I'm Sorry I'm an American

The following is a blog that was originally entitled “I’m Sorry, I’m an American” that I kept while I traveled and studied abroad in Shanghai, China for eight months my sophomore year of college.

I am keeping it here for a few reasons, besides the fact that I don’t want to have to manage a second domain. First of all, while I have gone back and edited the more egregious grammatical errors (most of these entries were written between 1-3am) this blog serves as a mostly pristine time capsule of the first big adventure I ever embarked upon. While both I and my writing skills have matured since I first introduced the internet to my rambling thoughts, I like having such a clear record of my then-thought process. Even after less than three years it already feels like some artifact, a record encased in amber, of a bygone time. There is no telling the meaning this will hold for me as I move out of college into the real world, or even if I eventually go on to having children of my own, who then make their own incredibly questionable decisions regarding street food.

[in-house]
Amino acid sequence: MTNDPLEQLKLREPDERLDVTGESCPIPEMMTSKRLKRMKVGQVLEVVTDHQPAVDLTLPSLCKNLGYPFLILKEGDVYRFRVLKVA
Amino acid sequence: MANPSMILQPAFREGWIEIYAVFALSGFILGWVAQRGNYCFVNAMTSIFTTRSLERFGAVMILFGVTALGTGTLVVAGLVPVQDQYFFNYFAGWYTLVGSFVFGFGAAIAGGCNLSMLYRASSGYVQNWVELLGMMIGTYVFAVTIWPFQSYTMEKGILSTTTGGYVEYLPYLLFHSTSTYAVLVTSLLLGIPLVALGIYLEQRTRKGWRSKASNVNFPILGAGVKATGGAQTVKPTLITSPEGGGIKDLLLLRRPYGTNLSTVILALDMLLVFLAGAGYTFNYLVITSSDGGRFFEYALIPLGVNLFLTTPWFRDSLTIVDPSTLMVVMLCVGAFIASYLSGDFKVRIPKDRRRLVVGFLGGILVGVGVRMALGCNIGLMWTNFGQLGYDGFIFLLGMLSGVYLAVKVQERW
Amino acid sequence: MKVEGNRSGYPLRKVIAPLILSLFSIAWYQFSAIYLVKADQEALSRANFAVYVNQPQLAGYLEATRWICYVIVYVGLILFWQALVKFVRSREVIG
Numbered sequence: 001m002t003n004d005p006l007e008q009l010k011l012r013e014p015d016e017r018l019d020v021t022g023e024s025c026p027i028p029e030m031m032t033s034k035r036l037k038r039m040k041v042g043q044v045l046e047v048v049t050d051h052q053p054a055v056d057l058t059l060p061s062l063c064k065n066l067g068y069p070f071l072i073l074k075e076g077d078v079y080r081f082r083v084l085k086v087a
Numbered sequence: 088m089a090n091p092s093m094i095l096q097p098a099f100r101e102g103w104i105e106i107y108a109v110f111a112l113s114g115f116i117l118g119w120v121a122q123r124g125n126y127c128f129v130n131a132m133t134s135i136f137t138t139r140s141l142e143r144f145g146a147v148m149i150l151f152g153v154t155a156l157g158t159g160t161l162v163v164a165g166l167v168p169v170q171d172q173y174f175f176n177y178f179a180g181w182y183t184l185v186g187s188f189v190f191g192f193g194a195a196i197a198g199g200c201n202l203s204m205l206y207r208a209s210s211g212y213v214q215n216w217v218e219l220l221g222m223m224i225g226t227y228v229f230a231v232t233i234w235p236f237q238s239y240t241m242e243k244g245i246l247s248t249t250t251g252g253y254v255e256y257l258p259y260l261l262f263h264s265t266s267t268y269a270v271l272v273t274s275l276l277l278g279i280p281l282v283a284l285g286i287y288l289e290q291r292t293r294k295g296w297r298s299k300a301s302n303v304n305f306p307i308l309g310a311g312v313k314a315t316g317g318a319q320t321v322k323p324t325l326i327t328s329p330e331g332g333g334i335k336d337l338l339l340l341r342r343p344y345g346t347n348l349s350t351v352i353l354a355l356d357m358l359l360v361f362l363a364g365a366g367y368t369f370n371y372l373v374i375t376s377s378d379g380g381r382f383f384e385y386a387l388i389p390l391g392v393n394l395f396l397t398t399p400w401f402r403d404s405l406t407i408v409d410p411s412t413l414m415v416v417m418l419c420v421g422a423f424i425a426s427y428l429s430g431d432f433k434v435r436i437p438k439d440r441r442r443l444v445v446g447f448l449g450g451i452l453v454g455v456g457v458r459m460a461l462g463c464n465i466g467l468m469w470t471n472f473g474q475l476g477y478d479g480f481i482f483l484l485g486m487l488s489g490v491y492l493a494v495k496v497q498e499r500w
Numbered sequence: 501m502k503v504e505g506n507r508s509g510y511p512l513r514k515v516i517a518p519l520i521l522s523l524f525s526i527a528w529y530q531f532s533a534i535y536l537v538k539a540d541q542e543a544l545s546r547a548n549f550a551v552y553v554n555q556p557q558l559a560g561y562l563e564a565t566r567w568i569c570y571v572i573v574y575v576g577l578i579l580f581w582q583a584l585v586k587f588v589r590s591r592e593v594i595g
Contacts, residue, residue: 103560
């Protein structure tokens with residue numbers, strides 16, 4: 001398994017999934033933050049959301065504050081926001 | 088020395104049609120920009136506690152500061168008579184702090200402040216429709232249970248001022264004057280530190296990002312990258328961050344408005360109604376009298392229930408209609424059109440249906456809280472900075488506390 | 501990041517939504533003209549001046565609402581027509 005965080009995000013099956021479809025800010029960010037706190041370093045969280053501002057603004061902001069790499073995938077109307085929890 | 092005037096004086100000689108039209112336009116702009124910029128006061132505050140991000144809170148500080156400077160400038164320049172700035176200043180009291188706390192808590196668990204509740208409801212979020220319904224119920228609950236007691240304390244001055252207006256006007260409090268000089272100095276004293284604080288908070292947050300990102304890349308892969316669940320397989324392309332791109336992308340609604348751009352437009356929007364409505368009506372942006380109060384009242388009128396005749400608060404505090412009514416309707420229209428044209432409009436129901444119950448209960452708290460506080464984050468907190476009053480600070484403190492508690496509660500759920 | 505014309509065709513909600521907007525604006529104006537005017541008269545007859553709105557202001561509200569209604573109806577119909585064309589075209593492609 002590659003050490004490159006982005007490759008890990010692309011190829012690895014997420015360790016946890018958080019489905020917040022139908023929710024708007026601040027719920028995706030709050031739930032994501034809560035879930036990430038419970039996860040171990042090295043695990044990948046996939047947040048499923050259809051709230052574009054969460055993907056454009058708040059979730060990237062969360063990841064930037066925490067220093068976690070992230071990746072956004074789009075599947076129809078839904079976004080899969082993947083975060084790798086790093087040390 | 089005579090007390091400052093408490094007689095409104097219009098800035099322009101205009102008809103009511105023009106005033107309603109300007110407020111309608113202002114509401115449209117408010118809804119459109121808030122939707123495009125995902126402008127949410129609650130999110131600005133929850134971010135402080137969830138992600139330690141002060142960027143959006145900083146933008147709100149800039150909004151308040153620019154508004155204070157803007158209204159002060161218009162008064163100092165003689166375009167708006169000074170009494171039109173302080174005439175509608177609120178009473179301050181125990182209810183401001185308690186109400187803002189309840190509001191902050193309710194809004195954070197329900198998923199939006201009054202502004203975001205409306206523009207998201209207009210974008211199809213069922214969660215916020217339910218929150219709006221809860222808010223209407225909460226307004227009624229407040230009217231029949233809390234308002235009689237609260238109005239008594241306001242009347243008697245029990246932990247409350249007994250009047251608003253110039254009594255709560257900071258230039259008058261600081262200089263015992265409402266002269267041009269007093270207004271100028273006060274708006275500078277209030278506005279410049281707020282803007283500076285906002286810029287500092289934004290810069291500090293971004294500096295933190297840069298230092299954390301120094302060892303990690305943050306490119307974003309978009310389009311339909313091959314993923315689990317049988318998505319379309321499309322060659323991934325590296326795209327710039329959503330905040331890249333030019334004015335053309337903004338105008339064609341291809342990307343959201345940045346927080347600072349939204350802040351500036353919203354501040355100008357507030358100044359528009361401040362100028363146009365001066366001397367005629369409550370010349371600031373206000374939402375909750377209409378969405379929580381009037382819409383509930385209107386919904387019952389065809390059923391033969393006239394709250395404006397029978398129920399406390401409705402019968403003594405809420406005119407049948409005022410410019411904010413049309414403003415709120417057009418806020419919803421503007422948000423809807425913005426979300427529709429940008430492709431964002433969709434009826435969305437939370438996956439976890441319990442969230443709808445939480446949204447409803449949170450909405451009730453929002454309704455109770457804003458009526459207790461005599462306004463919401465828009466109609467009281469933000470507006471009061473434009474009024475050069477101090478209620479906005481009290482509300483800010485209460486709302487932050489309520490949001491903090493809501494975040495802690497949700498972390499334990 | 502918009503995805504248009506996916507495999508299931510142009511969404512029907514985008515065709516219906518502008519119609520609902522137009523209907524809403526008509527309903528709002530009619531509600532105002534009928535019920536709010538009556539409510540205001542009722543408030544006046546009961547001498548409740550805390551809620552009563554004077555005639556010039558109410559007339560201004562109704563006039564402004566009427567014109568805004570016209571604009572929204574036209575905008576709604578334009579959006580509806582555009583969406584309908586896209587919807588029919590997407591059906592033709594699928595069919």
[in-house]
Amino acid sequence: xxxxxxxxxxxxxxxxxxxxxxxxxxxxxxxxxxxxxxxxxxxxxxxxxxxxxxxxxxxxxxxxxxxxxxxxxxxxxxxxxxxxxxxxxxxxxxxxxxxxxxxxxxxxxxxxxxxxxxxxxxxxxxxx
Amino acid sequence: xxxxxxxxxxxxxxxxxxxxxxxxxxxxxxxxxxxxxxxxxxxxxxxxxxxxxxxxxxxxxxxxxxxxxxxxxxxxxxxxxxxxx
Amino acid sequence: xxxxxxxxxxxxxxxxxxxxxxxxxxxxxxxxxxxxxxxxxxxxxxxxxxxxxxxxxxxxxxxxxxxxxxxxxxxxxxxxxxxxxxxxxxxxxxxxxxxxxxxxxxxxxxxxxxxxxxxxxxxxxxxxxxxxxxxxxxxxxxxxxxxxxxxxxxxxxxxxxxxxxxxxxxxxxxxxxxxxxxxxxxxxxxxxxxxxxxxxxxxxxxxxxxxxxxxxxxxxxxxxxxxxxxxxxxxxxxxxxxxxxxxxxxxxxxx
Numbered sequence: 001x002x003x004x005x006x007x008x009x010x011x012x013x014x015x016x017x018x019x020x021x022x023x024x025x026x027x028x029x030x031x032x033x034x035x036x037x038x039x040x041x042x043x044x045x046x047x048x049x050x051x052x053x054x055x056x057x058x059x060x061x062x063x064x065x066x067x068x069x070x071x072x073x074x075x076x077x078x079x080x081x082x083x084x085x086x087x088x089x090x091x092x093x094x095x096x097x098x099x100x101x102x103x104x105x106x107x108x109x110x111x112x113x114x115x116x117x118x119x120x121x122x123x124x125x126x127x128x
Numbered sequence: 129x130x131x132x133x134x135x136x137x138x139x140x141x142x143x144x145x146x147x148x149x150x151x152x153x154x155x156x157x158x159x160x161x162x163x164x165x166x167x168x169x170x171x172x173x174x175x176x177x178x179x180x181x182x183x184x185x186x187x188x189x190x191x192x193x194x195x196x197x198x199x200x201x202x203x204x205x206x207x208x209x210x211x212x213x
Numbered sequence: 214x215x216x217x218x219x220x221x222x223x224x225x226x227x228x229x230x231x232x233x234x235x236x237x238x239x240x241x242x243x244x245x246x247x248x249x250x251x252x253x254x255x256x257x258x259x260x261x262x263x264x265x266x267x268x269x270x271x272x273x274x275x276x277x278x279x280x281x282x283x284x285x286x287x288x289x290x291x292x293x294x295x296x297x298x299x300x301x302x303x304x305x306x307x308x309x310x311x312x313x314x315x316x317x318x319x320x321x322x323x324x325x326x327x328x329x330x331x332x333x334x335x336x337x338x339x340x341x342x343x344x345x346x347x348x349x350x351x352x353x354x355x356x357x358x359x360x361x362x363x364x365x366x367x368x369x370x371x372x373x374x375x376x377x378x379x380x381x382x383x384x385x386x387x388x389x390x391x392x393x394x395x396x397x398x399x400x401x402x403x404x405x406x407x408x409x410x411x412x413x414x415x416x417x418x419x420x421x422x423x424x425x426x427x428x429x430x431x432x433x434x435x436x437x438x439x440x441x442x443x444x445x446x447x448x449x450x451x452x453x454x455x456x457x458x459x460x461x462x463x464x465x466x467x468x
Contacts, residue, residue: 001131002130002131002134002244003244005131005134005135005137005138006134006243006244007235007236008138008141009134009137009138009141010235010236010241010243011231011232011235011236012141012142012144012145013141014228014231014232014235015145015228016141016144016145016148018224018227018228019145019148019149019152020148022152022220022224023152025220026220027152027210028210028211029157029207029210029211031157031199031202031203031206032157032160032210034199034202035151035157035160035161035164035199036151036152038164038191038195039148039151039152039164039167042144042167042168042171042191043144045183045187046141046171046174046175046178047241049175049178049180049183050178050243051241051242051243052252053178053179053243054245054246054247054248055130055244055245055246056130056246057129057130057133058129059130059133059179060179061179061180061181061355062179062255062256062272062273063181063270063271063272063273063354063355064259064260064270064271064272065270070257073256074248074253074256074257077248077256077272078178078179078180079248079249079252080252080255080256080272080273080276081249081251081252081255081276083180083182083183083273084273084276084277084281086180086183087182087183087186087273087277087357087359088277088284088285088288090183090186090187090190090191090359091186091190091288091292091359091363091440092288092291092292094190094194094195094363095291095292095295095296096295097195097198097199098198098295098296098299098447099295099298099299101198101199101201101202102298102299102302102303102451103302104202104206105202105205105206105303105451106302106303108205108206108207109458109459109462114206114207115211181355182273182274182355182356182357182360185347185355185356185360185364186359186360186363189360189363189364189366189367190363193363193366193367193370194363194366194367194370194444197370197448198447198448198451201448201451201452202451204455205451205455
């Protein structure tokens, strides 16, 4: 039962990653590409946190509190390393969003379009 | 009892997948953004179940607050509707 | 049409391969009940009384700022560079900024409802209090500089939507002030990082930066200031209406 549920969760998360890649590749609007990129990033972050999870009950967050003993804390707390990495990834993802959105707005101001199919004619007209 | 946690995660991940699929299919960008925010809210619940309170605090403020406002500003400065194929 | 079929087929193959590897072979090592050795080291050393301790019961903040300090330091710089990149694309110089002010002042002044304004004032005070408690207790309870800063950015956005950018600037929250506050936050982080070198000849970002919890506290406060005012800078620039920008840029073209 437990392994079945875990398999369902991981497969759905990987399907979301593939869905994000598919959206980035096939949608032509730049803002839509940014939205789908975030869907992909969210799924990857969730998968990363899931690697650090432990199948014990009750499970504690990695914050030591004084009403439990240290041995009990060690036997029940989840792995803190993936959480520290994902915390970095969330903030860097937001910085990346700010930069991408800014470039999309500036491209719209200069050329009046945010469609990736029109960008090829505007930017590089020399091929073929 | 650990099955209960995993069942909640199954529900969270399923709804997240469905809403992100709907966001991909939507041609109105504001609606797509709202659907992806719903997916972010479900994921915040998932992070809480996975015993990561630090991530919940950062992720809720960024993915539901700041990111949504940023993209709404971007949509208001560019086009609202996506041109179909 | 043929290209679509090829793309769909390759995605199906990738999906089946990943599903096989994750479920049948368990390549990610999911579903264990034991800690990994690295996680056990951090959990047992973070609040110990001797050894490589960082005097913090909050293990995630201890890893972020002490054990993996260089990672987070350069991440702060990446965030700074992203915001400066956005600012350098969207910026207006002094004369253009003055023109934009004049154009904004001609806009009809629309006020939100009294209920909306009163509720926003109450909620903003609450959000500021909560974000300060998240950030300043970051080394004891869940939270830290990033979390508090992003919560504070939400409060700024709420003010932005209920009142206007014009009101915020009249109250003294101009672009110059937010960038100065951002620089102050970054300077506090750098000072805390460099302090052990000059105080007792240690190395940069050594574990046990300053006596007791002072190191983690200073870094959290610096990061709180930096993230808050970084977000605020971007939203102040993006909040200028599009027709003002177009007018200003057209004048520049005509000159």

Second of all, I am proud of the work I put into this blog. I endeavored to keep the entries more than a diary or a travel journal, but something meant for others to read and enjoy; otherwise I would just have been the weirdo in the corner typing jokes to myself. In my efforts to analyze the personal travel blog as a distinct genre with its own tropes and clichés I also did my best to remain as honest as possible without succumbing to humble-bragging and saccharine standbys. Self-awareness has always been a trait I prized and I wanted to avoid the self-indulgent white-savior narratives that dominate these spheres of the internet as much as possible. I have so much love and awe for the places and people that took me in as a welcome guest, it is far more important to draw attention and pay respect to these beautiful and unique places than it is to pat myself on the back because I am “adventurous” and “LOl chicken feet are groSs.”

I hope that some of that still comes across, or at least makes you smile. What follows is the genuine account of a very anxious, very excited teenager who was really trying her best.

Thanks for reading.